What are the latest green technologies that can best contribute to IMO compliance? What fuel to use and how to achieve the most efficient economic and environmental results?
Freight traffic volume in global logistics increased by 101% in the past 20 years, with emissions rising only 40% in the same time period. Due to the huge size of the ships and the ever-increasing efficiency, shipping is by far the least emitting mode of transport in the supply chain. Compared to other modes of transport: A large vessel emits just over 1% CO2 per tonne-km ejected by the aircraft, rail trains emit 7 times more CO2/ ton-km and road trucks 16 times more CO2 / ton-km than ships.
Recently, shipping accounts for about 3% of total carbon dioxide emissions. This is not as large a figure as, for example, sulfur emissions (15% of the total) and particulate matter (11% of the total), which are considered to be more serious problems. These emissions are due to the use of fuel, which accounts for more than 50% of the operating costs in shipping. Therefore, the type of fuel used for sea freight forwarding is of paramount importance to the environment.
Regulatory for Green Technologies in the Marine Industry
For over 50 years HFO (heavy fuel oil) has dominated the maritime industry. This type of fuel is much more available and cheap, but very dirty — it contains sulfur and environmentally harmful impurities because HFO is a residue from the oil refining.
In 2005, IMO — International Marine Organization began to monitor emissions and especially the sulfur content of marine fuels, mainly in the United States and the European Union. Now, companies need to use better (and therefore expensive) fuel with diesel-like components on vessels. For comparison: if the Euro5 environmental diesel, which is currently used on the roads of most developed and developing countries in the world, has a sulfur content of 0.001% or 10 ppm (parts per million — particles per million), in fuel oil, which is predominantly used on large bulk vessels, the sulfur content is 3.5% or 35,000 ppm, which is 3 500 is higher than in diesel fuel of the highest environmental standards available. Therefore, IMO in autumn 2016 initiated the transition of the entire world civil fleet from January 2020 to the use of marine fuel with a sulfur content of 0.5% instead of the previous 3.5%.
Cleaner trends in maritime and Greener Ships
Shipowners around the world face the choice of how to adapt to the requirements of IMO:
One part of the representatives of the shipping industry will train their vessels with special Exhaust gas purifiers — scrubbers with which the former high-sulfur fuel can be used but comply with the standards for the content of harmful substances in the exhaust gases. It is predicted that by the end of 2020 about 3.000 vessels around the world will be equipped with scrubbers and about 1.000 more scrubbers will appear by the beginning of 2021. In total, the world commercial fleet consists of more than 94.000 vessels, including 51.000 units — displacement over 1 thousand tons.
The second part and this is the majority of shipowners, goes to the application of new special fuel, very low sulfur fuel oil, or VLSFO (very low sulfur fuel oil). Sulfur content is 0.5% or 7 times lower than in sulfur fuel oil (high sulfur fuel oil, HSFO), which is more IMO compliant.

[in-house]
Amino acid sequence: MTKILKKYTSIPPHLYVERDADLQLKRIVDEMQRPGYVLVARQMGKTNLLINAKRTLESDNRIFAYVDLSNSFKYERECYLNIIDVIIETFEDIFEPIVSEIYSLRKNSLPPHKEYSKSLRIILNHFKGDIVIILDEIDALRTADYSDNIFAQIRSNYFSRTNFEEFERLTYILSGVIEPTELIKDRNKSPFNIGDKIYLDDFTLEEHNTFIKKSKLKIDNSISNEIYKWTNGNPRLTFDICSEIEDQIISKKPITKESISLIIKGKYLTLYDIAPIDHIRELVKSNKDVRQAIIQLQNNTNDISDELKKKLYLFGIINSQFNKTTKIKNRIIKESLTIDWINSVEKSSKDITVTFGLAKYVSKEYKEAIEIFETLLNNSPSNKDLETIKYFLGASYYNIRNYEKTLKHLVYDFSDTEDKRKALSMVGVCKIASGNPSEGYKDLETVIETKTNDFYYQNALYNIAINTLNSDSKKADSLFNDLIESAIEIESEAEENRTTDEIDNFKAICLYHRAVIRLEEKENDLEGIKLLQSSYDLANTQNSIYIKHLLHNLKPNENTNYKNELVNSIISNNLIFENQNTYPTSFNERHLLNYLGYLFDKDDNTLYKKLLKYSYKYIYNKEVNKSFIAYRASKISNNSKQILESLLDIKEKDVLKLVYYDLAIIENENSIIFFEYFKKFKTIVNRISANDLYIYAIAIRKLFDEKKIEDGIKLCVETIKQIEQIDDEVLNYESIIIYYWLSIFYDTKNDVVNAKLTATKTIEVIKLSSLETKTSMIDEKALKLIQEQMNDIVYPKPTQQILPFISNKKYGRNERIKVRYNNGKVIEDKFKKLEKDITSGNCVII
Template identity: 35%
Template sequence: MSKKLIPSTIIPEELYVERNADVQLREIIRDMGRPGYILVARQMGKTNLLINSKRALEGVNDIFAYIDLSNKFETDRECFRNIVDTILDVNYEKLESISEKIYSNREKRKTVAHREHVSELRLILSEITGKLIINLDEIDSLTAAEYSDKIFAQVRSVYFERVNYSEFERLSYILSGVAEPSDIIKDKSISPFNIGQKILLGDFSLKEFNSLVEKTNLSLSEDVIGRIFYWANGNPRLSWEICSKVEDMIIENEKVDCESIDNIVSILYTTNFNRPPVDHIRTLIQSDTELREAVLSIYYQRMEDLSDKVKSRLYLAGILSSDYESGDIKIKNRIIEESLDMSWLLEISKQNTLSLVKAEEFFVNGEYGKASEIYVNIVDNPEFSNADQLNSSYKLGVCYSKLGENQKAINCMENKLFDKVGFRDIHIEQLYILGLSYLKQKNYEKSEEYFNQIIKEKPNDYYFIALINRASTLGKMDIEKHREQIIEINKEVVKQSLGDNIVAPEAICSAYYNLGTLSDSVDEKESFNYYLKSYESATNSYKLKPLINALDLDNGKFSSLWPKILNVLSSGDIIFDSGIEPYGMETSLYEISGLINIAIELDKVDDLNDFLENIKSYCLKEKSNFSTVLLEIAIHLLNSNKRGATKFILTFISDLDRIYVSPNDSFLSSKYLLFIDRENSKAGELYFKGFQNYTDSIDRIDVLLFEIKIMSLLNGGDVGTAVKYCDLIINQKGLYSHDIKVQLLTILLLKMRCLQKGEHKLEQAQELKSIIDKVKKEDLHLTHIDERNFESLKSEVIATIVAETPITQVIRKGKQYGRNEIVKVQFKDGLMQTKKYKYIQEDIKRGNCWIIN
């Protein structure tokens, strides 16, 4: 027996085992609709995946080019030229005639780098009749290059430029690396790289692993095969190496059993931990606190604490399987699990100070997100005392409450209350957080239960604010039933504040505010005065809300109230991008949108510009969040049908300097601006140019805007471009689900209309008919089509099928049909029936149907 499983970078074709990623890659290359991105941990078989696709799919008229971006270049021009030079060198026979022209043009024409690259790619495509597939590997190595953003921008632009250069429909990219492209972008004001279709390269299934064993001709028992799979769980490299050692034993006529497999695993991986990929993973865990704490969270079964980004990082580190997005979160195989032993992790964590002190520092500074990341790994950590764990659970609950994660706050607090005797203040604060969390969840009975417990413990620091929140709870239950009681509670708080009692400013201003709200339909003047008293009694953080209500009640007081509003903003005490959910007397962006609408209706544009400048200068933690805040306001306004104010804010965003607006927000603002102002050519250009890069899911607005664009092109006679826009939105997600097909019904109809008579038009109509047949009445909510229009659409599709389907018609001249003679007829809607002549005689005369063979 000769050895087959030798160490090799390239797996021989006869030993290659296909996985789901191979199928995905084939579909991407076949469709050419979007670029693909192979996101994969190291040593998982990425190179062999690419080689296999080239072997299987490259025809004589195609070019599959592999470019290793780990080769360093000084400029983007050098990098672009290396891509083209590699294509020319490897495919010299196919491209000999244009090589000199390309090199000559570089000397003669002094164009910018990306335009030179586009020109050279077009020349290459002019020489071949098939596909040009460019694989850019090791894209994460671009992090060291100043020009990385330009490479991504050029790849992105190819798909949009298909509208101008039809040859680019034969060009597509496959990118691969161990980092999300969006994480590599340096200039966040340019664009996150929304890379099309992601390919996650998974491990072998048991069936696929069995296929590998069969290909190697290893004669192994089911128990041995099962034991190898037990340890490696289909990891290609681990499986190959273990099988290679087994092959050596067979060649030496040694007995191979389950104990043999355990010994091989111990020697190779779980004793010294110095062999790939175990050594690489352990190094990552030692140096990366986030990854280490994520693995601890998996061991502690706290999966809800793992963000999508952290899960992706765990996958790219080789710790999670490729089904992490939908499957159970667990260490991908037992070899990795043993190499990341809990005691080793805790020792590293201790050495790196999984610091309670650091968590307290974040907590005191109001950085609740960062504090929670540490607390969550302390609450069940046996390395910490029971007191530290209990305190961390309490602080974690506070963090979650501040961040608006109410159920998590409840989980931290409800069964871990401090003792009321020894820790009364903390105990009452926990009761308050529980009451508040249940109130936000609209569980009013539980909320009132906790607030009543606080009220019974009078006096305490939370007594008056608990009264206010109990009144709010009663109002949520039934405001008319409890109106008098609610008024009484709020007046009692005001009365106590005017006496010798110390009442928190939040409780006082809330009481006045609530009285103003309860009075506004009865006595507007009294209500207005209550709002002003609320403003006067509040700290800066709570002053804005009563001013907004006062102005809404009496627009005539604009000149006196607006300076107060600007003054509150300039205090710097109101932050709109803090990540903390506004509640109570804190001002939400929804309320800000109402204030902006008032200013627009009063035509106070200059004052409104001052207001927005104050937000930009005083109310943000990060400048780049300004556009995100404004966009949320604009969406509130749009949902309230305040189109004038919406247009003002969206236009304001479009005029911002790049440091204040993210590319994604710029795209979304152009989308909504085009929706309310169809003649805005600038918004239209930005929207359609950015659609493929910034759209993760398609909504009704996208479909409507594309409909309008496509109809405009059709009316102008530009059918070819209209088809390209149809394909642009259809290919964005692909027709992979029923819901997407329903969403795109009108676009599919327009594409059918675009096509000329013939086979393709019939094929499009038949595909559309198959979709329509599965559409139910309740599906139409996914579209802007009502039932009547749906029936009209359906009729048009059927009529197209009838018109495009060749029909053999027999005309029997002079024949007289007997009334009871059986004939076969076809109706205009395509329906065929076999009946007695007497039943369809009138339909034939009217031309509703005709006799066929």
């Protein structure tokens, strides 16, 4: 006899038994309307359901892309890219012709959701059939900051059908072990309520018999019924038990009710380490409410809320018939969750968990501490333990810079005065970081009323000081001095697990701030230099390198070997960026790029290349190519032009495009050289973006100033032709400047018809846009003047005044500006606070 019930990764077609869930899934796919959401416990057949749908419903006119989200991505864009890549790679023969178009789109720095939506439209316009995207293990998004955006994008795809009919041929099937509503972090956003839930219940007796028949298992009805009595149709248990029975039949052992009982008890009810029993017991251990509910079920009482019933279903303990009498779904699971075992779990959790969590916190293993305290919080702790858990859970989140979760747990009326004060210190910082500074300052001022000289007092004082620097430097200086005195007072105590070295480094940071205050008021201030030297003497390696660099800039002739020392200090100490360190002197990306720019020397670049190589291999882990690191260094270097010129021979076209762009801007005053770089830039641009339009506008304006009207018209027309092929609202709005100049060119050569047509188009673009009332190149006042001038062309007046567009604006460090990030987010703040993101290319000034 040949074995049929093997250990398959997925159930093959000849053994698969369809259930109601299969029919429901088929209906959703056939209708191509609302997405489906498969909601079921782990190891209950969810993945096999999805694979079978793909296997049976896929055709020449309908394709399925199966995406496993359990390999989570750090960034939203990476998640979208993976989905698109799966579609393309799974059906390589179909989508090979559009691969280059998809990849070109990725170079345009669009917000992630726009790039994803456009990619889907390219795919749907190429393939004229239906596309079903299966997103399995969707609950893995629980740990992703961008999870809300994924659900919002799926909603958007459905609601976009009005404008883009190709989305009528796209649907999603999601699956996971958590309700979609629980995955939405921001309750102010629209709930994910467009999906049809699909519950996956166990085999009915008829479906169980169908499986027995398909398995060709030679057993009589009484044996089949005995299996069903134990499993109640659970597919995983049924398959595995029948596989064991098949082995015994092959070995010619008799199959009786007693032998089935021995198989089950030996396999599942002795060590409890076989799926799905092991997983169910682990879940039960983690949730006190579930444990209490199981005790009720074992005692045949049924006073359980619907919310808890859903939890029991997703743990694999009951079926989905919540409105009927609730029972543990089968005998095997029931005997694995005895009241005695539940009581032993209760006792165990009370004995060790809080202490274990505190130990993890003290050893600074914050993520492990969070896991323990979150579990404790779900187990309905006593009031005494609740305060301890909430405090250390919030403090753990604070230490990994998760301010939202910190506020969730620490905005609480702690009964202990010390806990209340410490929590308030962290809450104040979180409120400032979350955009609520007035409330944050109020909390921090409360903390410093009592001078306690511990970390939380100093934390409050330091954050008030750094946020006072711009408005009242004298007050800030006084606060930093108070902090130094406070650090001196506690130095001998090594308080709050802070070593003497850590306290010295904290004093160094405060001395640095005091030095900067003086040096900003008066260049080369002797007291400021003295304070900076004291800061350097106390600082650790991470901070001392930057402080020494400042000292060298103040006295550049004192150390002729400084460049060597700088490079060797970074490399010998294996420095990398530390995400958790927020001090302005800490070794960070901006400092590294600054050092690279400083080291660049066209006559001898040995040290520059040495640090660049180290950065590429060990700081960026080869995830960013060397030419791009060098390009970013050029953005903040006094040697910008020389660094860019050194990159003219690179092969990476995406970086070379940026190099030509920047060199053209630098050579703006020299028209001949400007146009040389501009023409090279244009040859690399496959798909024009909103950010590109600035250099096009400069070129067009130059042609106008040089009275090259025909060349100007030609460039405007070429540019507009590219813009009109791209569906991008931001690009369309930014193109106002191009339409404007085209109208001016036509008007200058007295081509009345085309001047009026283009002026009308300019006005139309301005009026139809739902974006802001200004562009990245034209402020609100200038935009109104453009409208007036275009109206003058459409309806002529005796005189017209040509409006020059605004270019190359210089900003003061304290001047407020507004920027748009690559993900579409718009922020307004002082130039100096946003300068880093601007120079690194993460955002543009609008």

The industry is not only shifting to cleaner fuels based on oil but also some companies are considering alternative sources of energy: solar and wind. This undoubtedly leads the industry to greener solutions and in particular makes ships more "green".
In addition, one of the most discussed environmental trends in shipping is the ballast-free system, which aims to minimize the negative impact of ship ballast on water organisms.
Green Technologies for Shipping
We have produced an infographic that shows some uses of green technology in shipbuilding and shipping.
As you may note, among the innovative developments are more efficient systems, such as higher engine efficiency and better water cooling, which dramatically reduce environmental impact, Kite-Sail, and Rig-Sail systems.
An optimized cooling system can save up to 25% of electricity and 1.5% of fuel. Greener engines can minimize NOx output by up to 35% and up to zero SOx emission (as is the use of an exhaust scrubber).
Shipbuilders focusing on integrating solar panels on ships can save up to 20% in fuel and, accordingly, harmful emissions.
Newly developed propellers save up to 4% fuel. The Speed injector, which improves efficiency at high speeds, can save up to 5% fuel. And new body paint technologies have been improved to reduce friction, which has a positive effect on consumption by up to 8%.
Innovative technologies in Shipping
Unlike technologies that require costly replacement of equipment or integration of new units, which is not always possible on ships older than 10-15 years, the IT is clearly distinguished, or more precisely IoT solutions to optimize navigation.
Fuel Optimization System collects data from sensors on the ship, satellites, and embedded trackers, processes information using machine learning algorithms, and presents recommendations on the optimal route in terms of economy. For example, Marine Digital FOS to reduce fuel consumption collects data on 5 main categories out of 40 parameters, each factor category affects fuel consumption from 3 to 7%, and the combined effect reaches up to 12% saving fuel and the reduction of emissions.
Moreover, the system provides statistical and analytical reports for management decisions, such as when to clean and repaint the case, when to carry out prevention and warranty maintenance, in order to prevent miscellany and equipment breakdowns on the ship.
Source: Marine Digital